Even so, having a higher CTR could impact your ranking in search engines anyway, causing them to be intertwined.

The reason it influences your CTR is because providing more information about your website could entice more users to confidently click on the link by allowing users to browse search engine results with more context for where the link will take them.

Another big factor that you must have in tip-top shape for 2018 is the user experience (UX) of your website.

There are plenty of things you could do to improve the experience users have on your website, and taking the time to do so will bring more happy visitors to your site, give you insights as to what’s helping prospects convert to customers, and help boost your search engine results page (SERP) ranking by boosting factors like time on page, bounce rate, and CTR.

The lines between media will blur together

The new content king for 2018 is converged media, or the mix of paid, owned, and earned media.

Now that brands can essentially also be media in their marketing efforts, the new standard is to tell a consistent and cross-channel story using multiple types of media to reach customers wherever, whenever.

Instead of focusing on siloed, disconnected channels, this change in perspective and approach focuses on the customer journey and how complex it is.

Data & Tech

the world lit up with electricity

Mobile phone usage is...still on the rise in 2018

This one shouldn’t come as a surprise anymore.

As smartphones take the lead for being most consumers’ go-to device for everything, a website that’s not optimized for mobile is taking some serious hits to its potential traffic rate.

Also, the shareability of your brand’s content can play an important role in the size of the audience you reach and potential word of mouth (WOM) marketing opportunities that you can take advantage of.

If you provide share buttons for the major social media networks, users can effortlessly click the icon, craft the post to their liking, and send it off to their communities, furthering the potential reach for your brand.

A third factor that makes mobile phones so impactful on marketing is the rich collection of data that phones gather from being consumers’ best shopping buddy—you’re able to cater to prospects’ personal preferences and uniqueness, creating more of an authentic connection as a result.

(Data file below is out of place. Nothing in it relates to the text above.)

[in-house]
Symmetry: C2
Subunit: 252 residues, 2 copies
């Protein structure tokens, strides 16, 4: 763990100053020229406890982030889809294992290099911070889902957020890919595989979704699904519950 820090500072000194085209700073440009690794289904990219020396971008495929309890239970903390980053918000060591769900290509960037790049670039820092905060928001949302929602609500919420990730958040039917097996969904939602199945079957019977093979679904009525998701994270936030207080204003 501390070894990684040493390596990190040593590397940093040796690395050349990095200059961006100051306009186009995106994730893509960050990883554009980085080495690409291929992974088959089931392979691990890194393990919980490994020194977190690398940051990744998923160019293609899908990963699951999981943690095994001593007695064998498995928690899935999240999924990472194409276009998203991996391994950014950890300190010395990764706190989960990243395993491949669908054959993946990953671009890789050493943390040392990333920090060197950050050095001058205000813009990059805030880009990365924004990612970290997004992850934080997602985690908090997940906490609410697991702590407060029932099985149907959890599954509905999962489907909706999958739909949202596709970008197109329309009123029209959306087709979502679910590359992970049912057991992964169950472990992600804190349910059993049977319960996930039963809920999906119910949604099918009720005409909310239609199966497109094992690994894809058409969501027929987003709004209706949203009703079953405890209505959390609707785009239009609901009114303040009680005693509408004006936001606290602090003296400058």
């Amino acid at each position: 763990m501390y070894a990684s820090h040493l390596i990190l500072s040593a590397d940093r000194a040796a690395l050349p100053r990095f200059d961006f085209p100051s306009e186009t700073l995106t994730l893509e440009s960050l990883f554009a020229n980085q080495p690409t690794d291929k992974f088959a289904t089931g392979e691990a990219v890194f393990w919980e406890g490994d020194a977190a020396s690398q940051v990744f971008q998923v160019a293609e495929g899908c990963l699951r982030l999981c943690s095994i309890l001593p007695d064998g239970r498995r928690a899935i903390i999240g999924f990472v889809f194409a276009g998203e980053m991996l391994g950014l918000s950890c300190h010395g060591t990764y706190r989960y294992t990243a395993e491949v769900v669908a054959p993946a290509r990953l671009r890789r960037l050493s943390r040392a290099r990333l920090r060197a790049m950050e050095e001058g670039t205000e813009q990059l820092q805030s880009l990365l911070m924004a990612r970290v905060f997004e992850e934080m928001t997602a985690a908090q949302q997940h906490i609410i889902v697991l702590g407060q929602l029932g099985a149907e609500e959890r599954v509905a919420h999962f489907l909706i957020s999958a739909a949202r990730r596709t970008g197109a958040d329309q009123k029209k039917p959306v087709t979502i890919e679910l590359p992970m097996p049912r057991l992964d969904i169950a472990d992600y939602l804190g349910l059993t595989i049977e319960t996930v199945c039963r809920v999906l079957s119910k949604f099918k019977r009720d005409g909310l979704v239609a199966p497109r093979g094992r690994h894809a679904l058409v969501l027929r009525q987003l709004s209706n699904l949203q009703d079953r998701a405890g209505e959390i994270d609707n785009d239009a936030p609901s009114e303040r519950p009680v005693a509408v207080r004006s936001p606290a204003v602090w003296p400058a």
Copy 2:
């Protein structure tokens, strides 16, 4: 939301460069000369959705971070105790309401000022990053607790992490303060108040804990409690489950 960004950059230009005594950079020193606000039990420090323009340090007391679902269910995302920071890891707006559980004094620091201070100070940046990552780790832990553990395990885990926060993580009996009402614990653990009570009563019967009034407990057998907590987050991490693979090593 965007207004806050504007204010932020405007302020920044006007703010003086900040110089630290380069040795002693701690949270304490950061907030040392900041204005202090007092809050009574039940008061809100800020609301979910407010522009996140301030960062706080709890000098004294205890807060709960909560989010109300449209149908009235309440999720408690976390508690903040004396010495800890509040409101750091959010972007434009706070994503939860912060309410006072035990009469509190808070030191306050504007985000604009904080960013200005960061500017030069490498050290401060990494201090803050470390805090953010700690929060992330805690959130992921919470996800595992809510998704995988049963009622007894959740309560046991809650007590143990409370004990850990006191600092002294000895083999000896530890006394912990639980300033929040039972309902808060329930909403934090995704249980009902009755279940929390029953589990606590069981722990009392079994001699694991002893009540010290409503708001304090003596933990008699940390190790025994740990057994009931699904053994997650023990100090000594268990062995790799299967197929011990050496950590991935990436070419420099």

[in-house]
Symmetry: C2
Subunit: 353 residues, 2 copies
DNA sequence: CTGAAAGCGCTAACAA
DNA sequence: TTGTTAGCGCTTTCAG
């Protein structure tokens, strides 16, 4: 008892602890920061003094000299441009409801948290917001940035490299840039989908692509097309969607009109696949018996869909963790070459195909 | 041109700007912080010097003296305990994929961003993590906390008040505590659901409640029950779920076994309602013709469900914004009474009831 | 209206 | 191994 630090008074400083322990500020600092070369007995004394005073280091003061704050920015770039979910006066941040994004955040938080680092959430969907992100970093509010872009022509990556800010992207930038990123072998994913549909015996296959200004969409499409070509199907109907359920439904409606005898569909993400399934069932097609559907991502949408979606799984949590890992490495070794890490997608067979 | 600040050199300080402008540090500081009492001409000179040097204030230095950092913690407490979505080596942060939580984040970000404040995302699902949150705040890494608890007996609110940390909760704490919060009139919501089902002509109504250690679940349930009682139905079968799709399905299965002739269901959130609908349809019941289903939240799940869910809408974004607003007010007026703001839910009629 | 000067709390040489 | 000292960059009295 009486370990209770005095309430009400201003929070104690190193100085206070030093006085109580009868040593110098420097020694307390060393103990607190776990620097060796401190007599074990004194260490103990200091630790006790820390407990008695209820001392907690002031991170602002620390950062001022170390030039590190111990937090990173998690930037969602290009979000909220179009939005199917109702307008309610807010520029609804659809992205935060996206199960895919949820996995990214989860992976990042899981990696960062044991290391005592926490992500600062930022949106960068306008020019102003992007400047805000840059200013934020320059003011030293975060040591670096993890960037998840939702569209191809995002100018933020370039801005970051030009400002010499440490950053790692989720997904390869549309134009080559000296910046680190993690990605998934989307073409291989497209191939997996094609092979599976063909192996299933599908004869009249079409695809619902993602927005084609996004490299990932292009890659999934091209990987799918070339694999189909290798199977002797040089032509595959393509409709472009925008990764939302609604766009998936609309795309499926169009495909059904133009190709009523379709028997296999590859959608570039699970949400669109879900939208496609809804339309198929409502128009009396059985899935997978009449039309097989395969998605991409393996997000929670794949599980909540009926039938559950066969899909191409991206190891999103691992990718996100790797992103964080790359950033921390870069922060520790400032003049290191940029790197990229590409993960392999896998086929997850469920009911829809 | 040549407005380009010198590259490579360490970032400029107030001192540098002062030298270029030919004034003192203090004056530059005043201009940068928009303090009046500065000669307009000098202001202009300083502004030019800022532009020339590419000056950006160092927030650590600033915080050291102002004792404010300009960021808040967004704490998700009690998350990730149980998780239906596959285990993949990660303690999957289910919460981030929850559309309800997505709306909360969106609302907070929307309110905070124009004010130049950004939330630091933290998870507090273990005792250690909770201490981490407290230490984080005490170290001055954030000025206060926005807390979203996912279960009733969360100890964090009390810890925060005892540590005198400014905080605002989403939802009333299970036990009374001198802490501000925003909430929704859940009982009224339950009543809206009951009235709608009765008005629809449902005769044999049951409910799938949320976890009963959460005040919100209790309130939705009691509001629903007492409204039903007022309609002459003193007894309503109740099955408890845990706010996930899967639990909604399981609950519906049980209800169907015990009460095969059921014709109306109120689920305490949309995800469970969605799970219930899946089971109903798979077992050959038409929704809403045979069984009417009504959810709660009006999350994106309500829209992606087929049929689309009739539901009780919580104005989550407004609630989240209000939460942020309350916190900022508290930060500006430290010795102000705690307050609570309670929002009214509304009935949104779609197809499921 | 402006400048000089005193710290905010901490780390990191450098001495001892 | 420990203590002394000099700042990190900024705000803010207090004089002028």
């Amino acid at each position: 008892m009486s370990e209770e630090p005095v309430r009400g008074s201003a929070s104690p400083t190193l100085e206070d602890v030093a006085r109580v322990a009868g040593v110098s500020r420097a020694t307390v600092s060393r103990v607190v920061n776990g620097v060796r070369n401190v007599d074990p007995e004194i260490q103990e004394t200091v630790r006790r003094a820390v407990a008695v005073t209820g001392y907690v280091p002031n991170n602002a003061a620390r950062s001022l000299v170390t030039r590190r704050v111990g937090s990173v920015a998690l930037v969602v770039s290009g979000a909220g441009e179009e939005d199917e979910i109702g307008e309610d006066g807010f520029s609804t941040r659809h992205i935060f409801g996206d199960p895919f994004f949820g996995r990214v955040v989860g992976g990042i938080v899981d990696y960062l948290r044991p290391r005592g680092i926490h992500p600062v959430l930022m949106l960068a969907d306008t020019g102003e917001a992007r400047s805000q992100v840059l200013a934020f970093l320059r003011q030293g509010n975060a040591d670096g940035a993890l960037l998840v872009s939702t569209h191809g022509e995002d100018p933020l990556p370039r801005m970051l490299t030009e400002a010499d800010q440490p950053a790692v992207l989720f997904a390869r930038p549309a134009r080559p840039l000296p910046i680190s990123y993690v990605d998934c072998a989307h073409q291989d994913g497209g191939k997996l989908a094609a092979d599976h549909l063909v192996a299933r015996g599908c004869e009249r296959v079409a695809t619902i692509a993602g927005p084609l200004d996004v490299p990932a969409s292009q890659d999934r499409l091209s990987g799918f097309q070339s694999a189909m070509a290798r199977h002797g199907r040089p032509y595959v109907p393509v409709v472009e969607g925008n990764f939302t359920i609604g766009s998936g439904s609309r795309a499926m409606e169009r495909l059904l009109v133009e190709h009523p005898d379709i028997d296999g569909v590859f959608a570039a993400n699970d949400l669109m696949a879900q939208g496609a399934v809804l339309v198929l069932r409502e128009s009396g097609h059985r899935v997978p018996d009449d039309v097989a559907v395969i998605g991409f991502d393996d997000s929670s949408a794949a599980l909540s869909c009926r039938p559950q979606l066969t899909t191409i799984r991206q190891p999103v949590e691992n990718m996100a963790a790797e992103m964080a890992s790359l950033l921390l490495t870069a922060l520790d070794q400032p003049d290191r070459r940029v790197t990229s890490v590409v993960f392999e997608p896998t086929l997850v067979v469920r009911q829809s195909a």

Data will be the new currency in 2018

Knowing as much as you can about your ideal customers has always been a priority, but now that we live in an era where almost everything is available, data is steadily rising in value.

Ecommerce brands must centralize their customer and order data to get a full understanding of the buyer's journey and make the shopping experience more customized and natural.

Furthermore, marketers in general will put energy this year into enriching data profiles by integrating marketing, ecommerce, and back-office technologies.

The more precisely you can get to know your customers, the more likely your chances of closing the deal.

So, the less data-tech intolerance there is, the more success marketers will find in integrating different sources of data in order to focus more on conversion rate optimization (CRO), causing the sales cycle to become more efficient, clear, and precise.

Data scientists and marketers will become BFFs

So much of the realm of marketing has to do with data, so bringing together data scientists and marketers is the next logical step.

What do you get when you marry these two teams? Quantitative-based marketing, where research drives strategy.

This process can be roughly laid out in a few steps:

  • Identifying the problem/goals
  • Creating surveys, questionnaires, and other ways to collect research
  • Collecting data
  • Analyzing collected data
  • Reporting and presenting outcomes
  • Creating an informed marketing strategy based on findings

Besides, siloed departments are no longer efficient, so it only makes sense to bring together a data science team that excels at collecting and analyzing data with the savviest marketing team that effectively uses such information to resonate with customers in all the right ways.

Predictive lead scoring is the new secret weapon in the prospect hunt

Using tools like Infer—which requires a simple name and email to predict the likelihood of conversion—will make it infinitely easier for marketers to identify buying signals on the web from consumers’ behavior patterns.

The leads are then scored and sorted, simple as that.

No longer do marketers need to slave over manually sorting leads based on the promise of a sale, or chasing a prospect that’s not the most ready for conversion.

Better yet, lead scoring will never require guesswork again, allowing for more efficiency, accuracy, and cohesion between the marketer and consumer.

Geofencing is the new savvy location-based strategy

Geofencing is the use of location-tracking technology to create an invisible “fence” around a boundary that triggers certain actions or collects information from the entry of consumers’ smartphones within that area.

Essentially, brands can use these geofences to collect valuable marketing information about customers and then target them based on their location at the time.